2. “Japan at a Crossroads: A Historical Perspective”
Cary Shinji Takagaki, University of Western Ontario (ON)
Japan at the beginning of the 21st century may indeed need to implement change in the face of ten years of economic stagnation. However, it does not seem able to do so, despite the presence of a
popular prime minister, Junichiro Koizumi, who has promised to make fundamental reforms. Of
course, resistance to change is to be expected—there are always those who have much at stake in the status quo. But is the current situation unique, or can events in Japan’s history, when the country faced other such crossroads, shed some light on the present? Accordingly, this paper proposes
to examine how the Japanese have dealt with the need for change in the past.
In the 6th century Japan was encouraged by the King of Paekche, one of the three ancient
kingdoms of what are now the Korean peninsula, to accept Buddhism. The Soga clan was receptive to the new religion as it realized that with Buddhism would come the technological and cultural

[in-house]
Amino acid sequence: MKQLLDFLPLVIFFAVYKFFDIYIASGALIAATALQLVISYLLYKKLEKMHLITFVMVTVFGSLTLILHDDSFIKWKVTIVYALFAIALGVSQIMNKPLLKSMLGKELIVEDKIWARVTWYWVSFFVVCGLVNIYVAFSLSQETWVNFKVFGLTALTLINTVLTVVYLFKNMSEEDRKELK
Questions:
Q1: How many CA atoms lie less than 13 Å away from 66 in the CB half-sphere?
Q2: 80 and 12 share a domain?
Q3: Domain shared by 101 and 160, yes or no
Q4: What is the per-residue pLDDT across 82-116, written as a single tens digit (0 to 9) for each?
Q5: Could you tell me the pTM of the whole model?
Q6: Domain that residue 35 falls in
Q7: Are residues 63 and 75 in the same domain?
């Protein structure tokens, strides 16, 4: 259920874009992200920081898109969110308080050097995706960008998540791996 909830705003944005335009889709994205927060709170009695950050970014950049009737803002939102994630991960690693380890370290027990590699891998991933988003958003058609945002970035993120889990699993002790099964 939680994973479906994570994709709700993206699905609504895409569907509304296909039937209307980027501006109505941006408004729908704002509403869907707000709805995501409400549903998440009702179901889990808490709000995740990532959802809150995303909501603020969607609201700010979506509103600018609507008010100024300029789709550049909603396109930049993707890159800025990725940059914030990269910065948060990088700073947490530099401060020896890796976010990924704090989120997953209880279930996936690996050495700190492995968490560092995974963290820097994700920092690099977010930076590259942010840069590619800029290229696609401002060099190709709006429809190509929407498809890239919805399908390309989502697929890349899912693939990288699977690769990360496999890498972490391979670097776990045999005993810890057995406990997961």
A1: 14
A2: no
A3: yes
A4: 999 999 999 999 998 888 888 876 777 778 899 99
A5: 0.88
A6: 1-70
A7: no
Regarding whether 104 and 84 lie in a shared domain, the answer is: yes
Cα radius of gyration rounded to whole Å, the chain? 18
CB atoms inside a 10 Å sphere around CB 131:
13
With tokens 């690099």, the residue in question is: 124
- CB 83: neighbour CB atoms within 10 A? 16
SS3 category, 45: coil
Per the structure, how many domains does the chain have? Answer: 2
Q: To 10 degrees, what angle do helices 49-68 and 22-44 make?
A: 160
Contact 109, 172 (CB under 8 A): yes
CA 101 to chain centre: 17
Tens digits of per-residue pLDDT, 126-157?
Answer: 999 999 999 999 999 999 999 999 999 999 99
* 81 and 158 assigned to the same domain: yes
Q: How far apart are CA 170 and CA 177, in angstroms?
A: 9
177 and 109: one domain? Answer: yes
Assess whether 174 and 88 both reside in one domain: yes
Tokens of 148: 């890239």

achievements of China. However, the clan’s major rivals resisted change as it threatened their
positions of privilege at court. Perhaps a more well known crossroads in Japanese history
occurred during the Meiji era when the country underwent a period of intense change and modernization. Again, there was opposition to this movement, but due to the imperative of Western imperialist nations, change became inevitable. Similarly, radical changes in Japan’s social, political,
and economic systems came about in the aftermath of the Second World War.
These examples would suggest that Japan has been capable of extreme, and successful,
transformation when necessary. However, in contrast, when crises of authority and solvency
necessitated action during the Tokugawa period, none of the attempts at change (e.g., the Kyōhō
Reforms, the Kansei Reforms, the Tempō Reforms) had any lasting effect, and ultimately,
fundamental problems remained unresolved.
This paper will examine why Japan was often unable to make essential changes in domestic
aggressive foreign intervention), has played as an impetus for radical and meaningful change in
3. “The M-Word Strikes Back: Japan's Prewar Empire, Current Dilemmas, and the Allure of the Modern”
Bill Sewell, St. Mary’s University (NS)